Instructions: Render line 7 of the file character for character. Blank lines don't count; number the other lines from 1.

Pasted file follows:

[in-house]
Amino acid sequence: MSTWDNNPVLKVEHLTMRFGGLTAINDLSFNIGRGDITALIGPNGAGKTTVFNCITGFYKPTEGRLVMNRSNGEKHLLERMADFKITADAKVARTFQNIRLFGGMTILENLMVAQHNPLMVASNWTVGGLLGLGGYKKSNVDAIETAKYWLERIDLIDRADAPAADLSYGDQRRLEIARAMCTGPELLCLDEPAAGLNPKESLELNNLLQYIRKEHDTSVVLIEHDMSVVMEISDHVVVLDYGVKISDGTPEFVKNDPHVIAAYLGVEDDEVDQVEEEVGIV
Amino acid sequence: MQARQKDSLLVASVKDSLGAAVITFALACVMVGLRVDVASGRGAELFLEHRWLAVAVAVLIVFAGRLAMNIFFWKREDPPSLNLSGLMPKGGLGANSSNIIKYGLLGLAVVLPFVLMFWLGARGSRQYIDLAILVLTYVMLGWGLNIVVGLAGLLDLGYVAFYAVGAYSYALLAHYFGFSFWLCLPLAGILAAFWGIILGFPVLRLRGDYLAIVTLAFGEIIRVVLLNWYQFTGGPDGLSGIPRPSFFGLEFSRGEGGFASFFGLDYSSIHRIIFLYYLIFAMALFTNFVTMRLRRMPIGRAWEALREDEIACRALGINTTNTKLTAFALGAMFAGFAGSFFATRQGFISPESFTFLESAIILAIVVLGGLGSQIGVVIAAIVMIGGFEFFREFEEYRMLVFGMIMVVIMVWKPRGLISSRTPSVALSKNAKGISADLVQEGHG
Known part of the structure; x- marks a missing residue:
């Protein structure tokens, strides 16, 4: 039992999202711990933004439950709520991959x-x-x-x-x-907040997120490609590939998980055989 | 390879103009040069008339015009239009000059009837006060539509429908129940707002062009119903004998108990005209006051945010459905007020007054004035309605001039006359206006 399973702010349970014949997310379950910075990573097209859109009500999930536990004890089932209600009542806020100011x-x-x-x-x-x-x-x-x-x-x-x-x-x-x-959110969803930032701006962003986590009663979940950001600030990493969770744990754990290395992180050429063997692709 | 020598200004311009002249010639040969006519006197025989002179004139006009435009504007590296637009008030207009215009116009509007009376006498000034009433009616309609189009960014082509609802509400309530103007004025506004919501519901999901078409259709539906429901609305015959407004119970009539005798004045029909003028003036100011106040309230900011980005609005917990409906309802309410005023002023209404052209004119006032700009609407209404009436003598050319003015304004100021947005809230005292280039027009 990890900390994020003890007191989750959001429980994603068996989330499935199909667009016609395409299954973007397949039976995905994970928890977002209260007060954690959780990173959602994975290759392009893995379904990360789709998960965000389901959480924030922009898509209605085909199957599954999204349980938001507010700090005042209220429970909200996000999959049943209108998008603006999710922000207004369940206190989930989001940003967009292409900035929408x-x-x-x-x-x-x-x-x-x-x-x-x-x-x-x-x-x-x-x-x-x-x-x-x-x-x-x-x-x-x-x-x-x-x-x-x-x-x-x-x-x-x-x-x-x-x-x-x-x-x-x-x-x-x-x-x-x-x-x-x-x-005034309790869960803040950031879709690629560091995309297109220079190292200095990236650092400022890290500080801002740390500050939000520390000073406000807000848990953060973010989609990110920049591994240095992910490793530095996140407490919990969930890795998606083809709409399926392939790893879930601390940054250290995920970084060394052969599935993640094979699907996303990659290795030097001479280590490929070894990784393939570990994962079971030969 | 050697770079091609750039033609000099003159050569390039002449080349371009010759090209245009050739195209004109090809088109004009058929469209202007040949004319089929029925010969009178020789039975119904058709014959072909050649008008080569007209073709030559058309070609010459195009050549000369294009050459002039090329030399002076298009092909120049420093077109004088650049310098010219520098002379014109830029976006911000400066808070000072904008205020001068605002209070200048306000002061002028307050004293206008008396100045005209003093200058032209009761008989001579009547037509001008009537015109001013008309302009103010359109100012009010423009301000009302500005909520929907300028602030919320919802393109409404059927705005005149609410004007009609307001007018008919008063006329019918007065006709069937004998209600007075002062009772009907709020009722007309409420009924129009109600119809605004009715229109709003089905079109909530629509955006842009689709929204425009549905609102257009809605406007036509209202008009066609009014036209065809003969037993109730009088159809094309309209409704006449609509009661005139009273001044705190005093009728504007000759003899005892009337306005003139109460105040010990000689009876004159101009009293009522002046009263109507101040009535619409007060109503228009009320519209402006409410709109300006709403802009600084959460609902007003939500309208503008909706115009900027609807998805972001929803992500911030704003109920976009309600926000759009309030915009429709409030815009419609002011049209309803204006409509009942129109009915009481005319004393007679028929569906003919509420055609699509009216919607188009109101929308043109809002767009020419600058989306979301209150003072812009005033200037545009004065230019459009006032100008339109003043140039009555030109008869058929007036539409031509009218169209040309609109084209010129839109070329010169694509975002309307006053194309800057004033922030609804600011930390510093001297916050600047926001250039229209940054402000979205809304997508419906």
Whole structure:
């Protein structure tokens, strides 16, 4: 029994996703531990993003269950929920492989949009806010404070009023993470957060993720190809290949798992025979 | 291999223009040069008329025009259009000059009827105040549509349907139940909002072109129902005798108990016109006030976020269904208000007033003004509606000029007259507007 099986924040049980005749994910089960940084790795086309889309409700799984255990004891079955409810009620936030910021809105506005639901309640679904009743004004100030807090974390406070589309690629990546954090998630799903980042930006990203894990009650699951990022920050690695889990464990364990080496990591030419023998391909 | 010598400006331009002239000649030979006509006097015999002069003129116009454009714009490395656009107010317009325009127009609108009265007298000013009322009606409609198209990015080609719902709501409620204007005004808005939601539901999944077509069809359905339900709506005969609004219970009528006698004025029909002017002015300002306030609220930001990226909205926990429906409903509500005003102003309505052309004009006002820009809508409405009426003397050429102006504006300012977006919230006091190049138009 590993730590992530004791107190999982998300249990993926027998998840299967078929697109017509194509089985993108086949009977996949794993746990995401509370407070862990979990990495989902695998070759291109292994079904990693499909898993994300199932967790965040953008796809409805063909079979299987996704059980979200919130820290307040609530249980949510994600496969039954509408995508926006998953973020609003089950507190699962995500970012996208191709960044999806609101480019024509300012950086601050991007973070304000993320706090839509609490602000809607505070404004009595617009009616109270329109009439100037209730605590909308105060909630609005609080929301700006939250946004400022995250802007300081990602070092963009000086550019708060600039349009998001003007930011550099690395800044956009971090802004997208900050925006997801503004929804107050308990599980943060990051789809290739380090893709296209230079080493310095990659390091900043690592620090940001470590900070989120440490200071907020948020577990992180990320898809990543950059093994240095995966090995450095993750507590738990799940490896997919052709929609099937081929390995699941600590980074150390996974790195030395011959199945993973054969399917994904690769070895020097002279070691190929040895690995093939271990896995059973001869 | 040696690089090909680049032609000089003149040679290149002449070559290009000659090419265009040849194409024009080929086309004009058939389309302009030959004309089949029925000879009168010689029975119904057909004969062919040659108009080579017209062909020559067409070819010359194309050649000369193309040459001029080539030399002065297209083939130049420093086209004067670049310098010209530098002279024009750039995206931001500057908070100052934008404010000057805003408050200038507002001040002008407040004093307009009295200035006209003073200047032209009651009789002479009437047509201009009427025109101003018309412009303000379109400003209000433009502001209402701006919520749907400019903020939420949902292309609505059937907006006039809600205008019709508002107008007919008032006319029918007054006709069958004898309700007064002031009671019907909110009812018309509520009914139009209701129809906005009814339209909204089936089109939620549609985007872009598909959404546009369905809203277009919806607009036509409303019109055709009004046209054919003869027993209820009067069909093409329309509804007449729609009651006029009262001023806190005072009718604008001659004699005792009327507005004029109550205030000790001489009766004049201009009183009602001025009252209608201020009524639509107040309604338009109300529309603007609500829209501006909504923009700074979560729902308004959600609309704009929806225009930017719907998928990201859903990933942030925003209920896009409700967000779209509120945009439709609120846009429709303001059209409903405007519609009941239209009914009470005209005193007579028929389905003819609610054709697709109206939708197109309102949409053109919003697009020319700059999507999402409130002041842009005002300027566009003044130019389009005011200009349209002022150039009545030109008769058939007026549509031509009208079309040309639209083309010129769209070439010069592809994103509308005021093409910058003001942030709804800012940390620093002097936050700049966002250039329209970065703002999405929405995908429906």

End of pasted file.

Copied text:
């Protein structure tokens, strides 16, 4: 029994996703531990993003269950929920492989949009806010404070009023993470957060993720190809290949798992025979 | 291999223009040069008329025009259009000059009827105040549509349907139940909002072109129902005798108990016109006030976020269904208000007033003004509606000029007259507007 099986924040049980005749994910089960940084790795086309889309409700799984255990004891079955409810009620936030910021809105506005639901309640679904009743004004100030807090974390406070589309690629990546954090998630799903980042930006990203894990009650699951990022920050690695889990464990364990080496990591030419023998391909 | 010598400006331009002239000649030979006509006097015999002069003129116009454009714009490395656009107010317009325009127009609108009265007298000013009322009606409609198209990015080609719902709501409620204007005004808005939601539901999944077509069809359905339900709506005969609004219970009528006698004025029909002017002015300002306030609220930001990226909205926990429906409903509500005003102003309505052309004009006002820009809508409405009426003397050429102006504006300012977006919230006091190049138009 590993730590992530004791107190999982998300249990993926027998998840299967078929697109017509194509089985993108086949009977996949794993746990995401509370407070862990979990990495989902695998070759291109292994079904990693499909898993994300199932967790965040953008796809409805063909079979299987996704059980979200919130820290307040609530249980949510994600496969039954509408995508926006998953973020609003089950507190699962995500970012996208191709960044999806609101480019024509300012950086601050991007973070304000993320706090839509609490602000809607505070404004009595617009009616109270329109009439100037209730605590909308105060909630609005609080929301700006939250946004400022995250802007300081990602070092963009000086550019708060600039349009998001003007930011550099690395800044956009971090802004997208900050925006997801503004929804107050308990599980943060990051789809290739380090893709296209230079080493310095990659390091900043690592620090940001470590900070989120440490200071907020948020577990992180990320898809990543950059093994240095995966090995450095993750507590738990799940490896997919052709929609099937081929390995699941600590980074150390996974790195030395011959199945993973054969399917994904690769070895020097002279070691190929040895690995093939271990896995059973001869 | 040696690089090909680049032609000089003149040679290149002449070559290009000659090419265009040849194409024009080929086309004009058939389309302009030959004309089949029925000879009168010689029975119904057909004969062919040659108009080579017209062909020559067409070819010359194309050649000369193309040459001029080539030399002065297209083939130049420093086209004067670049310098010209530098002279024009750039995206931001500057908070100052934008404010000057805003408050200038507002001040002008407040004093307009009295200035006209003073200047032209009651009789002479009437047509201009009427025109101003018309412009303000379109400003209000433009502001209402701006919520749907400019903020939420949902292309609505059937907006006039809600205008019709508002107008007919008032006319029918007054006709069958004898309700007064002031009671019907909110009812018309509520009914139009209701129809906005009814339209909204089936089109939620549609985007872009598909959404546009369905809203277009919806607009036509409303019109055709009004046209054919003869027993209820009067069909093409329309509804007449729609009651006029009262001023806190005072009718604008001659004699005792009327507005004029109550205030000790001489009766004049201009009183009602001025009252209608201020009524639509107040309604338009109300529309603007609500829209501006909504923009700074979560729902308004959600609309704009929806225009930017719907998928990201859903990933942030925003209920896009409700967000779209509120945009439709609120846009429709303001059209409903405007519609009941239209009914009470005209005193007579028929389905003819609610054709697709109206939708197109309102949409053109919003697009020319700059999507999402409130002041842009005002300027566009003044130019389009005011200009349209002022150039009545030109008769058939007026549509031509009208079309040309639209083309010129769209070439010069592809994103509308005021093409910058003001942030709804800012940390620093002097936050700049966002250039329209970065703002999405929405995908429906």